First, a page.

Aspects of such a programming interface may include a method by which the first code fragment transmits information (where “information” is used in its broadest sense and includes data, commands, queries, etc.) to the second code fragment; a method by which the second piece of code receives information; and the structure, sequence, syntax, organization, schema, synchronization, and content of information. In this regard, the underlying transmission means may not be essential for the operation of the interface, whether said means is wired or wireless, or a combination thereof, as long as the information is transmitted as determined by the interface. In some cases, information cannot be transmitted in the standard sense in one or both directions, since information can be transmitted either through another mechanism (for example, information placed in a buffer, file, etc., separately from the information flow between code fragments) or absent, for example, when one code fragment simply accesses the functionality performed by the second code fragment. Any of these aspects or all of these aspects may be relevant in a certain situation, for example, depending on whether the code fragments are part of a system with a loosely coupled or strongly coupled configuration, therefore this list should be considered as an explanation and not a limitation.
Such a representation of the programming interface is known to those skilled in the art and is apparent from the above detailed description of the invention. However, there are other ways to implement the programming interface, and, if not specifically defined, they are also intended to be included in the claims appended to this description. These other methods may seem more complex or complex than the simplified view depicted in FIGS. 5 and 6, but nevertheless they perform a similar function to achieve an identical overall result. Some explanatory alternative implementations of the programming interface are briefly described below.
The transmission of information from one code fragment to another can be performed indirectly, by dividing the transmission of information into several separate (streams) of information transfer. Figures 7 and 8 illustrate this schematically. As shown, some interfaces can be described in terms of shared sets of functionality. Therefore, the functionality of the interface depicted in FIGS. 5 and 6 can be decomposed to achieve an identical result, just as mathematically you can get 24, or you can multiply a deuce by 2, by 2 and by 3. Accordingly, according to 7, the function provided by the Interface Interface 1 can be subdivided for converting (streaming) the transmission of interface information into several interfaces, Interface 1A, Interface 1B, Interface 1C, etc., while achieving an identical result. According to Fig. 8, the function provided by the I1 interface can be subdivided into several interfaces I1a, I1b, I1c, etc., while achieving an identical result. Similarly, the I2 interface of the second code fragment, which receives information from the first code fragment, can be decomposed into several I2a, I2b, I2c interfaces, etc. When decomposing into parts, there is no need for the number of interfaces included in the 1st code fragment to match the number of interfaces included in the 2nd code fragment. In any of the cases depicted in Figs. 7 and 8, the functional essence of the interfaces Interface1 and I1 remains identical, depicted in Figs. 5 and 6, respectively. The decomposition of interfaces into parts can also follow associative, commutative, and other mathematical properties so that it is difficult to recognize. For example, the order of operations may not be significant, and therefore, the function performed by the interface may be performed by another part of the code or interface before reaching the interface, or performed by a separate component of the system. Additionally, for those who know programming it is obvious that there are several ways to create different function calls that achieve the same result.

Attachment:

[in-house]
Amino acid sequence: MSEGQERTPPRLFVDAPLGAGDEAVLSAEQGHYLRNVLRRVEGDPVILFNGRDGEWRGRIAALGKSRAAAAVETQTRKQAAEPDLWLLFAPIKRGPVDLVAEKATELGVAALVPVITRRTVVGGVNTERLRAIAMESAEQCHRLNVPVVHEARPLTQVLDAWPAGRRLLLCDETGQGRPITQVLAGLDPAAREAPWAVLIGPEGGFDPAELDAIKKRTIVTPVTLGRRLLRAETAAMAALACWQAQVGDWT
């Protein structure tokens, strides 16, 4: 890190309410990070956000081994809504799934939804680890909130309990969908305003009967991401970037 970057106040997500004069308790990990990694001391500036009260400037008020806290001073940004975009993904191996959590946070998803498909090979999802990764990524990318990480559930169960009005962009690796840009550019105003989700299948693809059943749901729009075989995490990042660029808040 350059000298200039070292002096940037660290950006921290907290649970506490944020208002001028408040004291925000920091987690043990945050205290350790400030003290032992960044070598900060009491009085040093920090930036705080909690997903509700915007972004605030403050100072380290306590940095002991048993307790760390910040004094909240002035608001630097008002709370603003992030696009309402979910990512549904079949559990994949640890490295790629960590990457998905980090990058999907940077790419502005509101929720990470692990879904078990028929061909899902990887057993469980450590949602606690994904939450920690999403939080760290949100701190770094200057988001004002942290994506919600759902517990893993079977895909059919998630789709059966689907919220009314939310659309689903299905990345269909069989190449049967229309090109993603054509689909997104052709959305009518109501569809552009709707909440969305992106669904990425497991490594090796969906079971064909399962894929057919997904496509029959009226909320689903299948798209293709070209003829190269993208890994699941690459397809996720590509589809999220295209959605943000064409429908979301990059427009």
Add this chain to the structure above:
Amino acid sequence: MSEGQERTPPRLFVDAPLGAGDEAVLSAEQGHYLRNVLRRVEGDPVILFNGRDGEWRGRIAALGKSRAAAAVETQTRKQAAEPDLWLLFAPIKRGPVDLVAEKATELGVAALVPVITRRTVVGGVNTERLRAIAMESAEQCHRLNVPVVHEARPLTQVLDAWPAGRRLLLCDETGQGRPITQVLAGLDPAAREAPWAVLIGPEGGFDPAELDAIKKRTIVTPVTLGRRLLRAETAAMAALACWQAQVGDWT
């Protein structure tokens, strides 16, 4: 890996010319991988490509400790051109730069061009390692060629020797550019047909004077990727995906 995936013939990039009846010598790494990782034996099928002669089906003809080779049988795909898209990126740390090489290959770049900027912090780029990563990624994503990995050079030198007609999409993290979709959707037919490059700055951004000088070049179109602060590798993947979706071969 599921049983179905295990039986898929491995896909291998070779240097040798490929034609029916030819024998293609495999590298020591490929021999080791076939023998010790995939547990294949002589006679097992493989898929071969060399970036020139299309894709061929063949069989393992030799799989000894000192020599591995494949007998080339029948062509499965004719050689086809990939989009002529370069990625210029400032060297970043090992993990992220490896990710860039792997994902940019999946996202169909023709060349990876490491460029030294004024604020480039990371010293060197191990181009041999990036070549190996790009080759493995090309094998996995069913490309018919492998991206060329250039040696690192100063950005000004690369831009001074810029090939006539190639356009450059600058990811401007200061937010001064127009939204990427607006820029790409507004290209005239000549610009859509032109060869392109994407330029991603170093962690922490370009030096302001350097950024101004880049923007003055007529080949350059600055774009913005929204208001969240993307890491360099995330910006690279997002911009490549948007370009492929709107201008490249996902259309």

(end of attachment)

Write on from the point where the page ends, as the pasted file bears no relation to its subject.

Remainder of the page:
In some cases, it may be possible to ignore, add or redefine some aspects (for example, parameters) of the programming interface, while achieving the intended result. Figures 9 and 10 illustrate this. For example, it is assumed that Interface Interface1 shown in Figure 5 contains a call to the Square ( input , precision , output ) function (data, precision, output data)), a call including three parameters: input data , accuracy and output data, and which is issued from the 1st Code Fragment to the 2nd Code Fragment. If the average accuracy parameter is not significant in this scenario, as shown in Fig. 9, then it can be ignored or even replaced by an insignificant (in this case) parameter. You can also add an additional non-essential parameter. In any case, the execution of the squaring function can be achieved, since after squaring the input data into a square, the second piece of code returns the output. Accuracy can be a significant parameter for some subsequent process or other part of a computing system; however, if it turns out that accuracy is not necessary for the narrow task of calculating the square, then it can be replaced or ignored. For example, instead of transmitting a value of acceptable accuracy, an insignificant value, such as a date of birth, can be transmitted without adversely affecting the result. Similarly, as shown in FIG. 10, the I1 interface is replaced by the I1 ′ interface, redefined to ignore or add parameters to the interface. The I2 interface, likewise, can be redefined into the I2 'interface, redefined to ignore unnecessary parameters, or parameters that can be processed elsewhere.
The bottom line is that in some cases, the programming interface may include aspects, such as parameters, that are not necessary for some task, and therefore they can be ignored, or redefined, or processed elsewhere for other tasks.